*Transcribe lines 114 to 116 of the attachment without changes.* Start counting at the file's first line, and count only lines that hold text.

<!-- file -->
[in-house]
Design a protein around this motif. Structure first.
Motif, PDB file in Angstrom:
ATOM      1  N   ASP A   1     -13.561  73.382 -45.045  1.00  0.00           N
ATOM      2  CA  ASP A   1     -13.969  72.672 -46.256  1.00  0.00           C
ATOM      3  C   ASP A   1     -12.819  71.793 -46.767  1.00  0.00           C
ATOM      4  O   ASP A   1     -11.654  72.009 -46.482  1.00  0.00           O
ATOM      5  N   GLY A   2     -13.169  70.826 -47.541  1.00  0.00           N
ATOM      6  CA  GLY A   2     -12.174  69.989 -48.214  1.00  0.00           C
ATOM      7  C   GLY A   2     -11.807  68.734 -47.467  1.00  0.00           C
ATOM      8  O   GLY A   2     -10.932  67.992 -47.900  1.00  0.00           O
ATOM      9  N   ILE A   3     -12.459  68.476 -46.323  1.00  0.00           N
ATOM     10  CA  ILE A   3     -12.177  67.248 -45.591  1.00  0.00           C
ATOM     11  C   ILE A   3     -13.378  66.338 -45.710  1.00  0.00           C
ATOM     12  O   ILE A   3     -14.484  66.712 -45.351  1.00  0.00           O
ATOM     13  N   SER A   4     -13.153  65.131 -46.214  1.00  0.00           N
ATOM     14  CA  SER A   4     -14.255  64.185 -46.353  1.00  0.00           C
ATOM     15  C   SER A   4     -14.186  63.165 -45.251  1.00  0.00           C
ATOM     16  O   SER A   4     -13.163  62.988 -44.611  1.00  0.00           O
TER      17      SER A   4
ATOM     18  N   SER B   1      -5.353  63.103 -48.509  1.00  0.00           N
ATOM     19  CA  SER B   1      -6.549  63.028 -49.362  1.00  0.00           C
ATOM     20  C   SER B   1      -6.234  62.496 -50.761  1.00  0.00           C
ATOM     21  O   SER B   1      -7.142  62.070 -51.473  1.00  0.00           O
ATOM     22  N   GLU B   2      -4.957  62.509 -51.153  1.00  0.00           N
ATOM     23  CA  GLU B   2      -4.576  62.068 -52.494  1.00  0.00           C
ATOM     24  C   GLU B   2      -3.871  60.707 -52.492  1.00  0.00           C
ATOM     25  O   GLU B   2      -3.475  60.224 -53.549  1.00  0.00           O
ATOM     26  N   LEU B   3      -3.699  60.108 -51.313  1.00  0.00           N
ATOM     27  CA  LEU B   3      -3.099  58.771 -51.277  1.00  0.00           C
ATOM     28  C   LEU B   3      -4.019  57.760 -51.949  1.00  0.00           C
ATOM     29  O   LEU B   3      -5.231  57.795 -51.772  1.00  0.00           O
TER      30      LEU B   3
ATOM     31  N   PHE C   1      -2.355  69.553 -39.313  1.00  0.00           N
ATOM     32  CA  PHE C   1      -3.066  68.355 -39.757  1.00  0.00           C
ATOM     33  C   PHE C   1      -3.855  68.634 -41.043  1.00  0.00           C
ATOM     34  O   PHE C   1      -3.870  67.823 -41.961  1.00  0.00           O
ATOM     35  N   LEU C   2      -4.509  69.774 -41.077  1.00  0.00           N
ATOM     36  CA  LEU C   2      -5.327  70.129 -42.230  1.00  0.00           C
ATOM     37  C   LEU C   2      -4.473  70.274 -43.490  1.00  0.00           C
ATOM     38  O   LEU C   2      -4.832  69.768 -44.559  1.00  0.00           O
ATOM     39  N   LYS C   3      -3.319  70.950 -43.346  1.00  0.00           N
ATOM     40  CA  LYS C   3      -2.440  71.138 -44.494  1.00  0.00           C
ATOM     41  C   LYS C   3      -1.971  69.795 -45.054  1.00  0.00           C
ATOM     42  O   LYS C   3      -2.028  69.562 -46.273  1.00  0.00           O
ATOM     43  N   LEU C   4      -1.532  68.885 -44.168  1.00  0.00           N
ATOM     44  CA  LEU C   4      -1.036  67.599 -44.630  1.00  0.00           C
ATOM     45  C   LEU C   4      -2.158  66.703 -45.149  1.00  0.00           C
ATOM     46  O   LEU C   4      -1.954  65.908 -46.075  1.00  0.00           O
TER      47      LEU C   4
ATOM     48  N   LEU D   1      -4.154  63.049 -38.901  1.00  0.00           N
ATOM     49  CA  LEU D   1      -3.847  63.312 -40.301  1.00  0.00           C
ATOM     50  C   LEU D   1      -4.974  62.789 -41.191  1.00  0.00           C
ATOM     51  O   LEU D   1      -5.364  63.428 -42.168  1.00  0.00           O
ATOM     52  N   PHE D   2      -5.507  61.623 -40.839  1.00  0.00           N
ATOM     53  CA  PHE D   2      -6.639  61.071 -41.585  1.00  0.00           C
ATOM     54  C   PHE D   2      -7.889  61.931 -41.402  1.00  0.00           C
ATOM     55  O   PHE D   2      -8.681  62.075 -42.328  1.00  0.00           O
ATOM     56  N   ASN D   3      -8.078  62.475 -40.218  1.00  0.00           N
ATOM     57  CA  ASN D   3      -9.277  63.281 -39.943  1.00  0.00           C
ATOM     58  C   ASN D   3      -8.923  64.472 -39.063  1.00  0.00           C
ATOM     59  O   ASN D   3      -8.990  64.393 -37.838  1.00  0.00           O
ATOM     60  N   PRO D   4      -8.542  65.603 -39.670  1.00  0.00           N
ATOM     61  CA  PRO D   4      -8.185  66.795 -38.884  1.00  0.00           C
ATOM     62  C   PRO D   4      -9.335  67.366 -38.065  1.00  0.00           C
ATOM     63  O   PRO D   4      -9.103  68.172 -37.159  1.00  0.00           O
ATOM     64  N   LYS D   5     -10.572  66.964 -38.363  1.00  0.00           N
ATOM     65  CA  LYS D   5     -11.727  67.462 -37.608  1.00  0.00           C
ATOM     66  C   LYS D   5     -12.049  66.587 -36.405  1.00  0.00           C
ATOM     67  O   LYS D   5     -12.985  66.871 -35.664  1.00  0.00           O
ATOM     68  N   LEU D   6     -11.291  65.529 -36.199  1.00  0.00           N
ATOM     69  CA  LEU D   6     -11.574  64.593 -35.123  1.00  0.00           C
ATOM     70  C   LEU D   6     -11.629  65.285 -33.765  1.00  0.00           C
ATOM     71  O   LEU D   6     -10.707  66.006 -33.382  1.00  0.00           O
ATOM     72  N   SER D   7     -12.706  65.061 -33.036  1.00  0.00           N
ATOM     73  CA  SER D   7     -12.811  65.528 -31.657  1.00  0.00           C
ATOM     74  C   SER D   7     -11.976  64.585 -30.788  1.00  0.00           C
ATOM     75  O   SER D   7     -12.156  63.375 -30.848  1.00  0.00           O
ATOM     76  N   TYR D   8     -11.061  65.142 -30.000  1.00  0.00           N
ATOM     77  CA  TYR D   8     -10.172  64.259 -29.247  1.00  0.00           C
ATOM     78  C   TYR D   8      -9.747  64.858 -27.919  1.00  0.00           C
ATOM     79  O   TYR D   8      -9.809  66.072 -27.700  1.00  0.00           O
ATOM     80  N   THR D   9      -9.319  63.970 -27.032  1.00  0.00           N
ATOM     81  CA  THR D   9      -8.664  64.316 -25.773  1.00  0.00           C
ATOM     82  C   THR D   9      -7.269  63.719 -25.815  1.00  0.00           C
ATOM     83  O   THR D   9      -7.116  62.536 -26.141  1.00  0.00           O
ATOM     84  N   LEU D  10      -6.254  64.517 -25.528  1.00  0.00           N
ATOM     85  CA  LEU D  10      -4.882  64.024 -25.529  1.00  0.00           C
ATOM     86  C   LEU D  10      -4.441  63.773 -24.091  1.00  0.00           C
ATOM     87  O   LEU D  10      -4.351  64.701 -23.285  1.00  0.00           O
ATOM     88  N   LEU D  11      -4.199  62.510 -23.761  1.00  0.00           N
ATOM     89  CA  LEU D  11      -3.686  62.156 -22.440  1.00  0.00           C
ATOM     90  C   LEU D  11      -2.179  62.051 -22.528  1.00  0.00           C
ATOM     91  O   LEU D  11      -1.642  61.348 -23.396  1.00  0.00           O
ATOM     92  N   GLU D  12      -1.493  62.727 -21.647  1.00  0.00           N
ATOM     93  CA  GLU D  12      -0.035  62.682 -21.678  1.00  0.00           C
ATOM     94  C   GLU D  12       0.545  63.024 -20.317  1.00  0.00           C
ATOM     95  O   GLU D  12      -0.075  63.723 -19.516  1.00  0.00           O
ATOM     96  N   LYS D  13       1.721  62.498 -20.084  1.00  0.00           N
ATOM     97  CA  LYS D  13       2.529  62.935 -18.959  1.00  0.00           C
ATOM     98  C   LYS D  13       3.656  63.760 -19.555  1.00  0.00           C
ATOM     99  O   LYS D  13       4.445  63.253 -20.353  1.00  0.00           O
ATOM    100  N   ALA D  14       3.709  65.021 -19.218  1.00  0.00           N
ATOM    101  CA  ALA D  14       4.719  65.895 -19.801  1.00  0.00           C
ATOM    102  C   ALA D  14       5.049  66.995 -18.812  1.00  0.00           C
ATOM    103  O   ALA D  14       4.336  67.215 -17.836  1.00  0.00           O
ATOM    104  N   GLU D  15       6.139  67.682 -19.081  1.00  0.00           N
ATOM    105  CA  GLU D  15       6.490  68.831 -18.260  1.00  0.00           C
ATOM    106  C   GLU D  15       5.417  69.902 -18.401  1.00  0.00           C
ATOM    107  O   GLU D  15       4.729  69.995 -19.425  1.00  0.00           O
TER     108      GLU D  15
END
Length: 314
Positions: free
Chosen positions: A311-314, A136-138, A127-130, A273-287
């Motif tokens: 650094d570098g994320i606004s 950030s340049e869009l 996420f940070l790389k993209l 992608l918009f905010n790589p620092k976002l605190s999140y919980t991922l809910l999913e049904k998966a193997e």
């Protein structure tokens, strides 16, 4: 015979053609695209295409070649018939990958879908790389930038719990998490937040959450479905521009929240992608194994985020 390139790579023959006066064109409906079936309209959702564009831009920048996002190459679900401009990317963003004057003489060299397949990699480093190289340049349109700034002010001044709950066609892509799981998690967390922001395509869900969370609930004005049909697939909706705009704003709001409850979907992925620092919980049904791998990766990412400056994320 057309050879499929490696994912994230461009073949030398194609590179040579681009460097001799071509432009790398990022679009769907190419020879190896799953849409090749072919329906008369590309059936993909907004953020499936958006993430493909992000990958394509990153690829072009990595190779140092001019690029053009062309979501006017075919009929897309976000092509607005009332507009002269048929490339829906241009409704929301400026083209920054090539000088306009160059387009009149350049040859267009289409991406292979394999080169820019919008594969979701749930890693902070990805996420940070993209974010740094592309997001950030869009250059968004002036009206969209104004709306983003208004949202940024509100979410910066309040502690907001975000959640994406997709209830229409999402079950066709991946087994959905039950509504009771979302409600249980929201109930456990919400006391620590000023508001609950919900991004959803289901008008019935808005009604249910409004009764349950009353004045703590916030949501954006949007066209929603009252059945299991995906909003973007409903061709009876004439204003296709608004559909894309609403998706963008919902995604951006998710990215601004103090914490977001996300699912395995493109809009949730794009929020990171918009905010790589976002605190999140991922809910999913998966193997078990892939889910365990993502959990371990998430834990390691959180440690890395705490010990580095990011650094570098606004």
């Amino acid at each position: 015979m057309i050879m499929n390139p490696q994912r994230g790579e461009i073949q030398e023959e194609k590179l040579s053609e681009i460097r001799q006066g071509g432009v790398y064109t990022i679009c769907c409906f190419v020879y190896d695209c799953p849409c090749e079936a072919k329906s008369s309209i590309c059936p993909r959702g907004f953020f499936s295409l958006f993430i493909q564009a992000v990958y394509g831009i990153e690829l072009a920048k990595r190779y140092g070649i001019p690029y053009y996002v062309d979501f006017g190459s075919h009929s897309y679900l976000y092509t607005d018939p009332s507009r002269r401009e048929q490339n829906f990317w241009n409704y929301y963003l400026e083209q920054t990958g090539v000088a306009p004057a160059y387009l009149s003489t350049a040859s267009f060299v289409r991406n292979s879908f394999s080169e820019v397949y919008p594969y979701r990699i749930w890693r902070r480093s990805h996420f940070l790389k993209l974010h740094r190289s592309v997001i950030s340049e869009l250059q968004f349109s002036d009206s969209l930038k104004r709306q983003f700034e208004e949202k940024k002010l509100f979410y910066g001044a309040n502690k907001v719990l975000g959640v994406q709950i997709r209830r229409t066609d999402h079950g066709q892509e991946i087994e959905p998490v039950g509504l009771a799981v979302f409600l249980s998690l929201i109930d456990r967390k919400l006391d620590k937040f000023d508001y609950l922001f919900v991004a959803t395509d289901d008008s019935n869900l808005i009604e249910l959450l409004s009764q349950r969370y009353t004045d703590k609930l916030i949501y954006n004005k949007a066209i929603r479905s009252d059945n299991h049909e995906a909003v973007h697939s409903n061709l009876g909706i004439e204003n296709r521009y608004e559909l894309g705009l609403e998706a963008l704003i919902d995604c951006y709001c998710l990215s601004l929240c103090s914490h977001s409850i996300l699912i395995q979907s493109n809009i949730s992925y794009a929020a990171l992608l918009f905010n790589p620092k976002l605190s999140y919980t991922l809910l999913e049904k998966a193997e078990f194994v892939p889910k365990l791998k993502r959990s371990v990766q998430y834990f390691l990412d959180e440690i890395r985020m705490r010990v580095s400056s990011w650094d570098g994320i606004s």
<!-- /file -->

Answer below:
Positions: free
Chosen positions: A311-314, A136-138, A127-130, A273-287
């Motif tokens: 650094d570098g994320i606004s 950030s340049e869009l 996420f940070l790389k993209l 992608l918009f905010n790589p620092k976002l605190s999140y919980t991922l809910l999913e049904k998966a193997e």